Education, Still Out of Reach for Most Afghans

Education, Still Out of Reach for Most Afghans
BALUCHI, ORUZGAN — Girls on the way to school in the Baluchi area of Afghanistan's southcentral Oruzgan province. Girls remain at high risk of lack of access to education after the Taliban victory in Afghanistan. [FILE PHOTO Alive-in/Baryalai Ansari]

Today we’ve published our first article with the support of Afghan Witness, “Education, an Afghan Conundrum” examines how religious and cultural biases prevented many women from going to school in the period before the first Taliban government. In the coming weeks and months, we will investigate where schools are (or have been) and why, how displacement and migration impact the ability of Afghans to get an education, and the role of poverty in preventing Afghans from going to school, using open source techniques to dig deeper.

Access to Education is not a recent challenge in Afghanistan, and while our investigations have found some bright spots in addition to many problems, only the challenges seem to have been widely reported. There are absolutely many areas where Afghanistan’s current government is failing to meet the needs of Afghan citizens. But that is not the whole story.

In Pul-e Alam, the capital of Logar province, where there was no school previously. A businessman named Mohammad Akbar Atal has established two education centers in the past year. The two centers collectively host 1,000 students, including 300 girls. “Education can build people’s future, especially the youth. Every Afghan must contribute to this cause,” Mr. Atal told Alive in Afghanistan.

ZARANJ, NIMROZ — 11 year-old Niyayesh sits in her stroller as other students stand in a line preparing for class at a private school in Zaranj City, the capital of southwestern Afghanistan’s Nimroz province. Niyayesh is one of three special needs students at the Imam Bukhari School. [FILE PHOTO Alive-in/Samira Wafa]

A recent report from UNESCO finds that gains made in the past twenty years are at risk of being canceled out. Education has been a key focus of Alive in Afghanistan’s work since the agency opened on the day the Taliban seized control of Kabul in 2021. Since then our team has reported more than 40 stories about education from across Afghanistan.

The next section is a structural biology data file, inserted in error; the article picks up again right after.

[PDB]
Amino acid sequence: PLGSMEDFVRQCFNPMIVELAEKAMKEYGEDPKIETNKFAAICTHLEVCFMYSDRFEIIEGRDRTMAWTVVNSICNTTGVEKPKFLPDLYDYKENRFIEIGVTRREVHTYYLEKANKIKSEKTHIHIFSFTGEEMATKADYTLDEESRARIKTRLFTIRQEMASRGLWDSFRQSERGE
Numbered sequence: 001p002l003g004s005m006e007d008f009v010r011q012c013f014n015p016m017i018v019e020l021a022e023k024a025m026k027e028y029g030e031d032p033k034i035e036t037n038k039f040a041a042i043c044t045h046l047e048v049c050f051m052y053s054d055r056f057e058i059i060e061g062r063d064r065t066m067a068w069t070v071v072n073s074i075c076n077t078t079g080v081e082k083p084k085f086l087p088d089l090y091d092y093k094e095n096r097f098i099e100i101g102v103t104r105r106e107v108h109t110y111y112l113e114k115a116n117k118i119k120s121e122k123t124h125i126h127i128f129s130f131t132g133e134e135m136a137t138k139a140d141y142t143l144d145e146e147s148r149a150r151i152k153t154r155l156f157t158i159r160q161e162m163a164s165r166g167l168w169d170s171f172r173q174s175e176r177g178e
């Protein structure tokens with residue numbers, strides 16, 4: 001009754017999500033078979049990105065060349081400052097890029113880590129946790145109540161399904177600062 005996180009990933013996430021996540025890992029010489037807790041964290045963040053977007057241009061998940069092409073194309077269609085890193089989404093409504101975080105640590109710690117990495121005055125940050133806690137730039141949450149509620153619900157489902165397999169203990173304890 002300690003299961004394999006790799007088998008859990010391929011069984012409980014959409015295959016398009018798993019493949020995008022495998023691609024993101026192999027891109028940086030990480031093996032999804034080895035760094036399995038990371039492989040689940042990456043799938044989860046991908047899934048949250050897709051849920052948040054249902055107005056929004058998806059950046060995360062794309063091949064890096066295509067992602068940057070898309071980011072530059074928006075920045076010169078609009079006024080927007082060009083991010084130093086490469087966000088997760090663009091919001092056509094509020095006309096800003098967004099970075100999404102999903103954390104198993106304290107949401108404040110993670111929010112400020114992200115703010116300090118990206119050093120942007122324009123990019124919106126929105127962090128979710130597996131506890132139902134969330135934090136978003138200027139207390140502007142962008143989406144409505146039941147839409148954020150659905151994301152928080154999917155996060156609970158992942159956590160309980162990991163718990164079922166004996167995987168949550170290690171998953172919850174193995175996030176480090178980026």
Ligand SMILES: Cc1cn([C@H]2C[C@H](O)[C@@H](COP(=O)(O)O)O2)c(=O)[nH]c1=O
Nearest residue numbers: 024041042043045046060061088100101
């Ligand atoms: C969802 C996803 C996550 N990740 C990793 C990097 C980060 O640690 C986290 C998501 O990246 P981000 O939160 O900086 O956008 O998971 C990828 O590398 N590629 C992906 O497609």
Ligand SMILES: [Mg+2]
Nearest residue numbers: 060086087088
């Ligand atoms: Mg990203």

According to Alive-in/Afghanistan’s Managing Editor Mohammad Jawad “JD” Alizada, “Given how important education is to social development, it is vital to understand the root cause of the issue regarding access to education. Understanding the root cause will give us the tools we require to work at resolving it. The Partnership with Afghan Witness provides Alive-in an amazing opportunity to dig deeper into this matter.”

As UNESCO and the world mark the International Day of Education, Alive in Afghanistan invites you to read a few of our stories about education and learn a bit more about the complex nature of the topic in Afghanistan.

BALUCHI, ORUZGAN — A school in Afghanistan’s Oruzgan province teaches children who had never set foot in a school before. Millions of Afghan children lack proper access to education, a legacy that remained through several governments and decades of conflict. [FILE PHOTO Alive-in/Baryalai Ansari]

In Helmand province, far from the central government, a young man named Abdul Qader established the first school in his village after decades of children being deprived of access. According to Qader, “Education is every human’s right, and the government must focus on all of Afghanistan equally,”

Since hostilities largely ended in Afghanistan after the withdrawal of international forces and the subsequent collapse of the country’s previous government, schools have been opened in towns and villages where children have had no opportunity for education in decades, if ever.

At the same time, there are still many places that have yet to see any opportunity for education, although the Taliban agree that those villages also deserve to have schools built for their children.

In Oruzgan, Ghawsuddin Jalalzai established a school where more than 90 percent of the students are children of Taliban members who could not go to school during the continuous war. “When we opened, no family would send their children to the school.” Jalalzai said, however, that has since changed, and now, “Many people bring their children here to register for school, but we cannot accept them due to lack of room and time.”

Keep an eye on in the coming weeks, and remember to check out the investigations Afghan Witness has already conducted in Afghanistan on Education.